(Sacred Music in a Sacred Space)
Enrico Lagasca (third from right) performs with Sacred Music in a Sacred Space. (Joshua South Photography)

Text Through Song

Choral music is endlessly interesting to Enrico Lagasca, a professional bass-baritone choral singer. He genuinely enjoys researching the history and meaning of this music through the ages, and for him, it all begins and ends with the text.

“I’m pretty sure when I was 12 or 13 I didn’t know what ‘kyrie eleison’ meant,” said Lagasca, who began singing when a friend asked him to join the school’s glee club. But he became more and more interested in the music and text as he continued to sing—what musical gesture is best suited to deliver this line? What is the significance of the overlapping textures in that song?

In understanding what the music means, he comes to love it, to sincerely enjoy it, Lagasca said. And in turn, that allows him to share and convey beauty to the audience. 

“It’s my responsibility as a singer to learn and understand the text,” Lagasca said. “That’s the most important thing for me: to be able to communicate to the audience.”

Interpreters say that the fact that choral music has text means there is a specific idea composers meant to share with the audience. 

James Bagwell considers himself a caretaker of the music. He works with pieces that have been performed for hundreds of years before he came to them and will be performed for hundreds of years hence.

Bagwell conducts choral, operatic, and orchestral music. He also trains amateur volunteer groups, high school choirs, and prepares professional choruses for major orchestras like the Concert Chorale of New York for New York Philharmonic’s December Messiah performance.

He says his approach to communicating the meaning of the texts is a great emphasis on the diction, using creative techniques to make sure people can hear the consonants.

“Especially with an orchestra, it’s very hard,” he said, because the volume of the orchestra may cover the chorus’s sound. Many times people will attend a choral concert unable to tell what is being sung, which deters their ability to grasp the meaning.

“I want to communicate; that’s the main thing. It’s vital,” Bagwell said. Even if the audience member doesn’t understand that particular language, it’s important. “We want to try to communicate the beauty of those languages. … [And] you have to just be so persuasive in the way that you communicate the text.”

The words set to these pieces of music are typically few; a couple of lines can make for a two-hour mass sometimes, but the ideas are still capable of being large and universal.

“Music is able to kind of crack open a text and tease out more meanings and subtleties than the text by itself without music,” said Scott Warren, who leads about 400 liturgies annually at the Church of St. Ignatius Loyola and about 120 choral liturgies annually at Congregation Emanu-El of the City of New York. Warren is also Artistic Director of Sacred Music in a Sacred Space concerts at the Church of St. Ignatius Loyola.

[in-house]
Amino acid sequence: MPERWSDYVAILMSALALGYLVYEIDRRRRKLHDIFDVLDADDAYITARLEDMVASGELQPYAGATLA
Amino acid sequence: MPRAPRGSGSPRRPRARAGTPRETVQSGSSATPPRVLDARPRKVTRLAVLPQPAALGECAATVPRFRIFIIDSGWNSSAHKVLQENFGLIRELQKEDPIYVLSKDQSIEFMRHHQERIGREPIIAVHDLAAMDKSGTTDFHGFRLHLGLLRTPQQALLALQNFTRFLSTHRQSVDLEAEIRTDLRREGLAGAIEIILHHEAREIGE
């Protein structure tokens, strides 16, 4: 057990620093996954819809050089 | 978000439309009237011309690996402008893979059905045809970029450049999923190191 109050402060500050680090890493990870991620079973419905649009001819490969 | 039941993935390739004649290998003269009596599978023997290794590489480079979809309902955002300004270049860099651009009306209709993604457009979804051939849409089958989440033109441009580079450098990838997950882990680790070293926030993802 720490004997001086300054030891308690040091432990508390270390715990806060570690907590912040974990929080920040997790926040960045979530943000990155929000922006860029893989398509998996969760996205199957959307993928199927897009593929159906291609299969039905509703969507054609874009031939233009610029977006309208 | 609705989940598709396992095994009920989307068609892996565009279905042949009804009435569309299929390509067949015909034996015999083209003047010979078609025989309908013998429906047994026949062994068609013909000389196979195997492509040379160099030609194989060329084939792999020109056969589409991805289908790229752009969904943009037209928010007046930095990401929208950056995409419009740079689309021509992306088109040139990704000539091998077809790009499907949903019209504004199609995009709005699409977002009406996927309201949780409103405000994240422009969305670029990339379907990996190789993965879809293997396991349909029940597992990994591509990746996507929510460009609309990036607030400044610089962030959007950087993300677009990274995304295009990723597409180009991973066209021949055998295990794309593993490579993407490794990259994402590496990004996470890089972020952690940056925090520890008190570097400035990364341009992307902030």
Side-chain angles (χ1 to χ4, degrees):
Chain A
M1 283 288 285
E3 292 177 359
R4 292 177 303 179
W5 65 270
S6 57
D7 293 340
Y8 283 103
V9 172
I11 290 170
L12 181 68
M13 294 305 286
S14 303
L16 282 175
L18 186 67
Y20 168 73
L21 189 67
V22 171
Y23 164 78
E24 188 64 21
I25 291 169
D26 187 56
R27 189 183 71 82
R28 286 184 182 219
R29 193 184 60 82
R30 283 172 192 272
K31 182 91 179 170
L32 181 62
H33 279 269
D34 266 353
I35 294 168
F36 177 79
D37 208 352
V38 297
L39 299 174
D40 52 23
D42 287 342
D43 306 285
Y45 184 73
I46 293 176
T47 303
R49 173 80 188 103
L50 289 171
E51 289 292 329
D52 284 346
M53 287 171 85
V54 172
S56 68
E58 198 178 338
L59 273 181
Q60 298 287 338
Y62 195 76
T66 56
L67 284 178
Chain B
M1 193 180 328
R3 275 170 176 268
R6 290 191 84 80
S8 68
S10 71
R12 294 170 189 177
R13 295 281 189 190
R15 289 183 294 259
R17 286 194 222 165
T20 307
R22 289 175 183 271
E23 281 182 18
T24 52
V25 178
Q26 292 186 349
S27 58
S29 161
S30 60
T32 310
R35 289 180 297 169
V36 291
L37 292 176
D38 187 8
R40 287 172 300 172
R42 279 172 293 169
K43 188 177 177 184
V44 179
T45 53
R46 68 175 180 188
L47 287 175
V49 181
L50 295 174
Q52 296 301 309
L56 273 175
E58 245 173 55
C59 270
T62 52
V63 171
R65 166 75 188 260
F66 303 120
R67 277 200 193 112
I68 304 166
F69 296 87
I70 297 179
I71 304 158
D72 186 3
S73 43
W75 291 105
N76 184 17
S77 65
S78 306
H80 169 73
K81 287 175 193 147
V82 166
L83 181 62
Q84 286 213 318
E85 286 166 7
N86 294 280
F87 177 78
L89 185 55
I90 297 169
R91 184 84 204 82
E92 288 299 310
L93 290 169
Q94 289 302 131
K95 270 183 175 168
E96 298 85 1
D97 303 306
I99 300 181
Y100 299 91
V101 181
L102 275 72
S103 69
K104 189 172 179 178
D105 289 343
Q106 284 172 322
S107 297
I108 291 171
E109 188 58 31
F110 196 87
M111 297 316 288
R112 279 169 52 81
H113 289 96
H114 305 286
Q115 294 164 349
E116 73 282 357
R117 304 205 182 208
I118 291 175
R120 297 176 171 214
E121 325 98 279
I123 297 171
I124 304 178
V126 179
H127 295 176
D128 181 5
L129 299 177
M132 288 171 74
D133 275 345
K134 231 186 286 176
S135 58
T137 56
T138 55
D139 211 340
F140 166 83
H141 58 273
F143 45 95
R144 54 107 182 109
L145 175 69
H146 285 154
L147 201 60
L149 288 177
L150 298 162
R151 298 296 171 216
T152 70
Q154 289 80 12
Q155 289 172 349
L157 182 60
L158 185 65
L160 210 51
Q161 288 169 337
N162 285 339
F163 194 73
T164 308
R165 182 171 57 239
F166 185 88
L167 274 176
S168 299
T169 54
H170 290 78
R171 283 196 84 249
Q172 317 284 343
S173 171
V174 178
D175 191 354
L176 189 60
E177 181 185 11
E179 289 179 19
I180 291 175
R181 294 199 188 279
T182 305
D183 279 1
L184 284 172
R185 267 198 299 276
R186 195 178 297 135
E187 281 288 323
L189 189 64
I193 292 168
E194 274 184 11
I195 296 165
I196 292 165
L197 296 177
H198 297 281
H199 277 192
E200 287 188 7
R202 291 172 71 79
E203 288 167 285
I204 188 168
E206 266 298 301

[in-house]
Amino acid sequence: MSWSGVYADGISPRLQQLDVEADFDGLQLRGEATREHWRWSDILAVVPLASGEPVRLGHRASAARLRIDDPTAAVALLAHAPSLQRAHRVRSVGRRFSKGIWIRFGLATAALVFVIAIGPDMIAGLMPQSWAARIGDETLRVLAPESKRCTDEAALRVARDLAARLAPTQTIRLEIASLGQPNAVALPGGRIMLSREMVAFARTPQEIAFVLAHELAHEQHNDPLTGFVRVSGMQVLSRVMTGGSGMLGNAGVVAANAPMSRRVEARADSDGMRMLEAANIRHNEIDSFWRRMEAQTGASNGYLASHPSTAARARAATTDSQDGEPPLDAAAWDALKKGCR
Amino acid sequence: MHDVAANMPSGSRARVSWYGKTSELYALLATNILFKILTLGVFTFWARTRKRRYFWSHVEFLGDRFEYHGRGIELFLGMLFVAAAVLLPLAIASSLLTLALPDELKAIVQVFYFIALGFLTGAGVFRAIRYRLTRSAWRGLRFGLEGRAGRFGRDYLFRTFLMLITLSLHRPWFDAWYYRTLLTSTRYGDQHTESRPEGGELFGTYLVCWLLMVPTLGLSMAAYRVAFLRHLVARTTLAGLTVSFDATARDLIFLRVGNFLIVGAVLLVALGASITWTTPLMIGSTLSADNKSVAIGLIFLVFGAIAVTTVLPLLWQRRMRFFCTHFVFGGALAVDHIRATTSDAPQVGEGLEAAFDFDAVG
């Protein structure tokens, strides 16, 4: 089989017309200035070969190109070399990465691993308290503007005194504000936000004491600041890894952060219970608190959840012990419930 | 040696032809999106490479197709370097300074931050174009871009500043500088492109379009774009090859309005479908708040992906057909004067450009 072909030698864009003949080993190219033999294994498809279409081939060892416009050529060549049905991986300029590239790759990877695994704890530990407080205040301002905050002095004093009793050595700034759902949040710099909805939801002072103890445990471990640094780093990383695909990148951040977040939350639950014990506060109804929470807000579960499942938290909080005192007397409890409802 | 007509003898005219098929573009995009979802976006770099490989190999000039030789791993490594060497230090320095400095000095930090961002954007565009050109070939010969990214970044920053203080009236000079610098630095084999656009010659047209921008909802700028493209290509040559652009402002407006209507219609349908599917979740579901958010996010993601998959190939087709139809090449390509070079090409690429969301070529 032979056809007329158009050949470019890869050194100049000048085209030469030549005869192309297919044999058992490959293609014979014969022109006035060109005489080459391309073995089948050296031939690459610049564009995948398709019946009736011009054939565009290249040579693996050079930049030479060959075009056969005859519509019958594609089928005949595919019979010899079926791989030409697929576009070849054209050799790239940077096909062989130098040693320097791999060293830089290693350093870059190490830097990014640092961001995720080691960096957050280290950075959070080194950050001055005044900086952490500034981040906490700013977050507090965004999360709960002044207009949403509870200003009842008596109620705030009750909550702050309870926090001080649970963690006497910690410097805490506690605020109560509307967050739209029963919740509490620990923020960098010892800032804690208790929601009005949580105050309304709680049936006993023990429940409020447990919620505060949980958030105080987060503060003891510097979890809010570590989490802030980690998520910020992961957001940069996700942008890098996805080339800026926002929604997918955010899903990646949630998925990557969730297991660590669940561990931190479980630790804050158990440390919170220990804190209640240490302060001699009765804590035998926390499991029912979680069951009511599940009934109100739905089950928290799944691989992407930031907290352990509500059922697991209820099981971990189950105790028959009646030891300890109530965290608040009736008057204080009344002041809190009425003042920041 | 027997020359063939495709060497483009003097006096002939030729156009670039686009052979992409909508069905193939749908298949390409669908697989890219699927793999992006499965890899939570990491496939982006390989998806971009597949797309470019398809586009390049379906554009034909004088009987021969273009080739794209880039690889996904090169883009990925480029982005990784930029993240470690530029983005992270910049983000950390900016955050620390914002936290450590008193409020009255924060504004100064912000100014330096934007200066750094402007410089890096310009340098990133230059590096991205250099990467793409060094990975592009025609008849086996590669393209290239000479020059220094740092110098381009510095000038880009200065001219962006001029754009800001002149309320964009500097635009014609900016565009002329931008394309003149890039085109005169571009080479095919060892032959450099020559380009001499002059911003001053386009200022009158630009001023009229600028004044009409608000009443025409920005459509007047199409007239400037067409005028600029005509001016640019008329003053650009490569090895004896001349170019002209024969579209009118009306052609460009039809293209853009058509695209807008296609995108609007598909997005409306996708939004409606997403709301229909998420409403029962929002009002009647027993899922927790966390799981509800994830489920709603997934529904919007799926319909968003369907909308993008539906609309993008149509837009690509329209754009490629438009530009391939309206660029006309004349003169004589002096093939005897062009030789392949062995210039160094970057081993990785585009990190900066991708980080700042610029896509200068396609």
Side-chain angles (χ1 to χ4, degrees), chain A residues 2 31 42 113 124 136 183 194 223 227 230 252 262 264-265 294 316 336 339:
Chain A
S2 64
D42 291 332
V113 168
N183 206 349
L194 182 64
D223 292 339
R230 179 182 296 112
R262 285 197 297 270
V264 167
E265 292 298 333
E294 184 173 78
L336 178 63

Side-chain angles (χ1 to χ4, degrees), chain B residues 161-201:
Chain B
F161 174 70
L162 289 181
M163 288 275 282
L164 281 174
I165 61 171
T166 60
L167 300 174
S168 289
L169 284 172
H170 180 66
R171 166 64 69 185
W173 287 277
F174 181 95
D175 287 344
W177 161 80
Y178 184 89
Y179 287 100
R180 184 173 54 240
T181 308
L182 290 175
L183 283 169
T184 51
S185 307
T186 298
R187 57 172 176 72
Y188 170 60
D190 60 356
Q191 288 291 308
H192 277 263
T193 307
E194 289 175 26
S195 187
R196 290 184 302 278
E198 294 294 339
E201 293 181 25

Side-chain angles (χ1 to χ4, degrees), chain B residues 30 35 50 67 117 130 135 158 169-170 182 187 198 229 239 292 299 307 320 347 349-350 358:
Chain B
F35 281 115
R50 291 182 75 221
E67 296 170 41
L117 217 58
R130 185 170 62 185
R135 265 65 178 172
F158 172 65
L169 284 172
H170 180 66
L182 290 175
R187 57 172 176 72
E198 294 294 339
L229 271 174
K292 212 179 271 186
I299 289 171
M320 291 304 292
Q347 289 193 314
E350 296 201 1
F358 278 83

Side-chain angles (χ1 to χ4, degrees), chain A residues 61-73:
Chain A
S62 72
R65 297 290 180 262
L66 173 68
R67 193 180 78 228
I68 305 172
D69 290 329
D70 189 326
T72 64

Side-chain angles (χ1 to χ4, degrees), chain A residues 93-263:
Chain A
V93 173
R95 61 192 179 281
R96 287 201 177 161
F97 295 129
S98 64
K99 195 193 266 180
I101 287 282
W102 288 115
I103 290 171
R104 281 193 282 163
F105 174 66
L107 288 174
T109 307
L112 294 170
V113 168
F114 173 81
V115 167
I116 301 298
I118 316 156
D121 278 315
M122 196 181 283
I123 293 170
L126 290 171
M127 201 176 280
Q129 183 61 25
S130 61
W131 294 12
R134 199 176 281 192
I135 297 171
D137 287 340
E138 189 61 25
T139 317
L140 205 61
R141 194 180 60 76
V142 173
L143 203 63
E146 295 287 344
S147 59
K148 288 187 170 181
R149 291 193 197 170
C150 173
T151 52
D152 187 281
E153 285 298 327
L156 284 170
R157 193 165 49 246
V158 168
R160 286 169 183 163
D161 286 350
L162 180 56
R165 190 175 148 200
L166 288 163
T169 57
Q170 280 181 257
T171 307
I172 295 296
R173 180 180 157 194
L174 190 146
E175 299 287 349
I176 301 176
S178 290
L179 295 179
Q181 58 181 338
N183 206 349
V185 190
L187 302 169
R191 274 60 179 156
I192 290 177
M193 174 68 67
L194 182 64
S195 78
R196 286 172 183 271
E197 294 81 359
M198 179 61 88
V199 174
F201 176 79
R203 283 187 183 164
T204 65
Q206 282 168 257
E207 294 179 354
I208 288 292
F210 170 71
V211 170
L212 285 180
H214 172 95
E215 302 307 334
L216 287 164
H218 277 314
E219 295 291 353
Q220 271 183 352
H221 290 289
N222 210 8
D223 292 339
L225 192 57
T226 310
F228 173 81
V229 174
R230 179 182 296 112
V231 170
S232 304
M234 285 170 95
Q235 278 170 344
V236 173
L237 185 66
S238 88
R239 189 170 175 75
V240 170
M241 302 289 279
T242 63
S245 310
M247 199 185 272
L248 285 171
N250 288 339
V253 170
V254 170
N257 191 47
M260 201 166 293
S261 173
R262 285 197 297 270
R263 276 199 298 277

Despite different styles of music and the different faiths from which the text originates, Warren finds that the same ideas can still be communicated. 

“I’ve often said I don’t care what the style of music is, we have to do it really well, and we have to effectively communicate the text,” Warren said. “We can say the same thing at Temple Emanu-El doing a piece of folk music that we can say at the church doing a Gregorian chant.”

(Sacred Music in a Sacred Space)
Scott Warren conducts Sacred Music in a Sacred Space at the Church of St. Ignatius Loyola. (Joshua South Photography)

Homer’s epic poetry was sung long before it was written down, Warren added, and this method of communicating is innate to us as humans, even more so than speech. “That’s a very powerful testament to how human beings rely on music.”

It also speaks to how the text, through music, can convey something bigger than just the words, Warren explained. You may have one or two understandings while reading the text itself, but come to a previously unimagined ones through hearing it sung.

“It’s part of the reason why in the spiritual traditions we sing, because the great spiritual truths run at such a deep level they elude language,” Warren said. “We have to talk about them; but we’re better off if we sing about them.”

The Human Voice

Bagwell said singing is the most personal form of music that he knows of. “Singing is sort of primal, there’s no buffer,” he said. “It’s coming straight from the vocal folds, from the person.”